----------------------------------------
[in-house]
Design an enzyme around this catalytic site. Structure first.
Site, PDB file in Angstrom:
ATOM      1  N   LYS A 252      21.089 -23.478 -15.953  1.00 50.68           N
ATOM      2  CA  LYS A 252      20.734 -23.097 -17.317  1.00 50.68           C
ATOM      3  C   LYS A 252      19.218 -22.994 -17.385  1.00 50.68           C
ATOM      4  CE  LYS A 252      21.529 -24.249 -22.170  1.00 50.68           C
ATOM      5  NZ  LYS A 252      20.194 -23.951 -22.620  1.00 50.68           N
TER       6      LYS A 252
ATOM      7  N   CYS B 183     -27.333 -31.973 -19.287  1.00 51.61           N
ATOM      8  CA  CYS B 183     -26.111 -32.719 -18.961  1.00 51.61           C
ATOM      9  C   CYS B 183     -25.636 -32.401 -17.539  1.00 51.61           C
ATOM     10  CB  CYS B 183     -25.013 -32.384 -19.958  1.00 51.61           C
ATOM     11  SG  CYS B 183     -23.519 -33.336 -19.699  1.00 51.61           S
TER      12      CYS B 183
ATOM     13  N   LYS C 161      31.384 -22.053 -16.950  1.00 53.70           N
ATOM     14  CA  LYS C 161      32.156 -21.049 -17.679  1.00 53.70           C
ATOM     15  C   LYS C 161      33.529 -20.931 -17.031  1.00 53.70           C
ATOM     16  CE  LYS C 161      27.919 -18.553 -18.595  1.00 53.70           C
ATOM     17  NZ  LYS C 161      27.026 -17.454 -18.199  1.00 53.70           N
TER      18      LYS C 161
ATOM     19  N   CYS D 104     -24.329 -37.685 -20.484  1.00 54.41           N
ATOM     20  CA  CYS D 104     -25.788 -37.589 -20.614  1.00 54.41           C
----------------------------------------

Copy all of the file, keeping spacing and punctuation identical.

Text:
[in-house]
Design an enzyme around this catalytic site. Structure first.
Site, PDB file in Angstrom:
ATOM      1  N   LYS A 252      21.089 -23.478 -15.953  1.00 50.68           N
ATOM      2  CA  LYS A 252      20.734 -23.097 -17.317  1.00 50.68           C
ATOM      3  C   LYS A 252      19.218 -22.994 -17.385  1.00 50.68           C
ATOM      4  CE  LYS A 252      21.529 -24.249 -22.170  1.00 50.68           C
ATOM      5  NZ  LYS A 252      20.194 -23.951 -22.620  1.00 50.68           N
TER       6      LYS A 252
ATOM      7  N   CYS B 183     -27.333 -31.973 -19.287  1.00 51.61           N
ATOM      8  CA  CYS B 183     -26.111 -32.719 -18.961  1.00 51.61           C
ATOM      9  C   CYS B 183     -25.636 -32.401 -17.539  1.00 51.61           C
ATOM     10  CB  CYS B 183     -25.013 -32.384 -19.958  1.00 51.61           C
ATOM     11  SG  CYS B 183     -23.519 -33.336 -19.699  1.00 51.61           S
TER      12      CYS B 183
ATOM     13  N   LYS C 161      31.384 -22.053 -16.950  1.00 53.70           N
ATOM     14  CA  LYS C 161      32.156 -21.049 -17.679  1.00 53.70           C
ATOM     15  C   LYS C 161      33.529 -20.931 -17.031  1.00 53.70           C
ATOM     16  CE  LYS C 161      27.919 -18.553 -18.595  1.00 53.70           C
ATOM     17  NZ  LYS C 161      27.026 -17.454 -18.199  1.00 53.70           N
TER      18      LYS C 161
ATOM     19  N   CYS D 104     -24.329 -37.685 -20.484  1.00 54.41           N
ATOM     20  CA  CYS D 104     -25.788 -37.589 -20.614  1.00 54.41           C